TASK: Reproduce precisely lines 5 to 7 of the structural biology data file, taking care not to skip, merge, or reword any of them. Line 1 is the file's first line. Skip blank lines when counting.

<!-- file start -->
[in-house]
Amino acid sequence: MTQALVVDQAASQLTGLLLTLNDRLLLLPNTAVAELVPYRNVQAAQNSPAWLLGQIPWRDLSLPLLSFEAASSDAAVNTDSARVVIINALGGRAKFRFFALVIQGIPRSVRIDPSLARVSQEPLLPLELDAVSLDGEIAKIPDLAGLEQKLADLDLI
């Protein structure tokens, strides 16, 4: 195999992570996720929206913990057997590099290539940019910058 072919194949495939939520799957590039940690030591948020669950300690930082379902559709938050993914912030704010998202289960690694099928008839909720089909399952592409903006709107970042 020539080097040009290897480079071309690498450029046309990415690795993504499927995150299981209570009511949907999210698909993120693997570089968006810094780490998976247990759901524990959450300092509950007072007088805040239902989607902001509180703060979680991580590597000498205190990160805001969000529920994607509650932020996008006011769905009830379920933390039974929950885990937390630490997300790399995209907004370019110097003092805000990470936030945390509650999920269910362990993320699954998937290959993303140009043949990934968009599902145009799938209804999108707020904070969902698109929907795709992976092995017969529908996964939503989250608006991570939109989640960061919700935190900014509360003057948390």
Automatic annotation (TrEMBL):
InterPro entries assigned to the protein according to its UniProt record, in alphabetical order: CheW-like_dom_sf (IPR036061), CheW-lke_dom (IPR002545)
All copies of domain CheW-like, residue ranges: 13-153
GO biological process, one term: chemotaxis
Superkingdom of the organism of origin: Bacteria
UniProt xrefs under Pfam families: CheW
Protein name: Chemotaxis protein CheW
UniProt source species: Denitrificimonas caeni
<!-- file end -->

InterPro entries assigned to the protein according to its UniProt record, in alphabetical order: CheW-like_dom_sf (IPR036061), CheW-lke_dom (IPR002545)
All copies of domain CheW-like, residue ranges: 13-153
GO biological process, one term: chemotaxis